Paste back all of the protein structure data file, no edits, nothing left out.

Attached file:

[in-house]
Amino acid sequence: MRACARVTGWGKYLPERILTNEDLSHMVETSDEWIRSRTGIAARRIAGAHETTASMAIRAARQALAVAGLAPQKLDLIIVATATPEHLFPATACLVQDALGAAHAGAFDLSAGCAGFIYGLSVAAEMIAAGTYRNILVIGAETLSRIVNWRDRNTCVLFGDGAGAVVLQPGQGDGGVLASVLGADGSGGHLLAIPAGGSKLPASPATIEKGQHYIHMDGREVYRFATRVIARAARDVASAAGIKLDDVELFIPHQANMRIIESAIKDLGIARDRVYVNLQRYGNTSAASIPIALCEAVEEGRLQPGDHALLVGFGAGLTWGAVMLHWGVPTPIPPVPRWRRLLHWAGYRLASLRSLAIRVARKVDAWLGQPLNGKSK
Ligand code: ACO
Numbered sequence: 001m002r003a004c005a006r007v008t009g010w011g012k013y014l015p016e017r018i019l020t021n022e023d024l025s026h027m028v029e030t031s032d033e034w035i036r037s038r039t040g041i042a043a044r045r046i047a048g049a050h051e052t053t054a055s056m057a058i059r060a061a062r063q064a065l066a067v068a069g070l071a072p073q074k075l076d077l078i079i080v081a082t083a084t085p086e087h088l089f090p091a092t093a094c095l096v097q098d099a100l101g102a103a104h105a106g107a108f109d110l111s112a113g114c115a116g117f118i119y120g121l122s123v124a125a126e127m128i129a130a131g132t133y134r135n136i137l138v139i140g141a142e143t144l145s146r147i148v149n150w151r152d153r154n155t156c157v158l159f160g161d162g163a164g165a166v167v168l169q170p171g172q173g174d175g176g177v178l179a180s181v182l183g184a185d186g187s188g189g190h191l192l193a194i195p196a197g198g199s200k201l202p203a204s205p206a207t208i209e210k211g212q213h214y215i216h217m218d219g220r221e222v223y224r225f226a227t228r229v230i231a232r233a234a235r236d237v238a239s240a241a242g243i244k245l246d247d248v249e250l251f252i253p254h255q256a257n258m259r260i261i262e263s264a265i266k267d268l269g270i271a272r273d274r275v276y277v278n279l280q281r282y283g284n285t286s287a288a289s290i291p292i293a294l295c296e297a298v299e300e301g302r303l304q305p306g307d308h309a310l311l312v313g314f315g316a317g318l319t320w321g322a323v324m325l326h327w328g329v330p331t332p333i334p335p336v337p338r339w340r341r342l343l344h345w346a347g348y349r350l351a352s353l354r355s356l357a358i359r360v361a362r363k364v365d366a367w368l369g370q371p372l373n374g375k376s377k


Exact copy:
[in-house]
Amino acid sequence: MRACARVTGWGKYLPERILTNEDLSHMVETSDEWIRSRTGIAARRIAGAHETTASMAIRAARQALAVAGLAPQKLDLIIVATATPEHLFPATACLVQDALGAAHAGAFDLSAGCAGFIYGLSVAAEMIAAGTYRNILVIGAETLSRIVNWRDRNTCVLFGDGAGAVVLQPGQGDGGVLASVLGADGSGGHLLAIPAGGSKLPASPATIEKGQHYIHMDGREVYRFATRVIARAARDVASAAGIKLDDVELFIPHQANMRIIESAIKDLGIARDRVYVNLQRYGNTSAASIPIALCEAVEEGRLQPGDHALLVGFGAGLTWGAVMLHWGVPTPIPPVPRWRRLLHWAGYRLASLRSLAIRVARKVDAWLGQPLNGKSK
Ligand code: ACO
Numbered sequence: 001m002r003a004c005a006r007v008t009g010w011g012k013y014l015p016e017r018i019l020t021n022e023d024l025s026h027m028v029e030t031s032d033e034w035i036r037s038r039t040g041i042a043a044r045r046i047a048g049a050h051e052t053t054a055s056m057a058i059r060a061a062r063q064a065l066a067v068a069g070l071a072p073q074k075l076d077l078i079i080v081a082t083a084t085p086e087h088l089f090p091a092t093a094c095l096v097q098d099a100l101g102a103a104h105a106g107a108f109d110l111s112a113g114c115a116g117f118i119y120g121l122s123v124a125a126e127m128i129a130a131g132t133y134r135n136i137l138v139i140g141a142e143t144l145s146r147i148v149n150w151r152d153r154n155t156c157v158l159f160g161d162g163a164g165a166v167v168l169q170p171g172q173g174d175g176g177v178l179a180s181v182l183g184a185d186g187s188g189g190h191l192l193a194i195p196a197g198g199s200k201l202p203a204s205p206a207t208i209e210k211g212q213h214y215i216h217m218d219g220r221e222v223y224r225f226a227t228r229v230i231a232r233a234a235r236d237v238a239s240a241a242g243i244k245l246d247d248v249e250l251f252i253p254h255q256a257n258m259r260i261i262e263s264a265i266k267d268l269g270i271a272r273d274r275v276y277v278n279l280q281r282y283g284n285t286s287a288a289s290i291p292i293a294l295c296e297a298v299e300e301g302r303l304q305p306g307d308h309a310l311l312v313g314f315g316a317g318l319t320w321g322a323v324m325l326h327w328g329v330p331t332p333i334p335p336v337p338r339w340r341r342l343l344h345w346a347g348y349r350l351a352s353l354r355s356l357a358i359r360v361a362r363k364v365d366a367w368l369g370q371p372l373n374g375k376s377k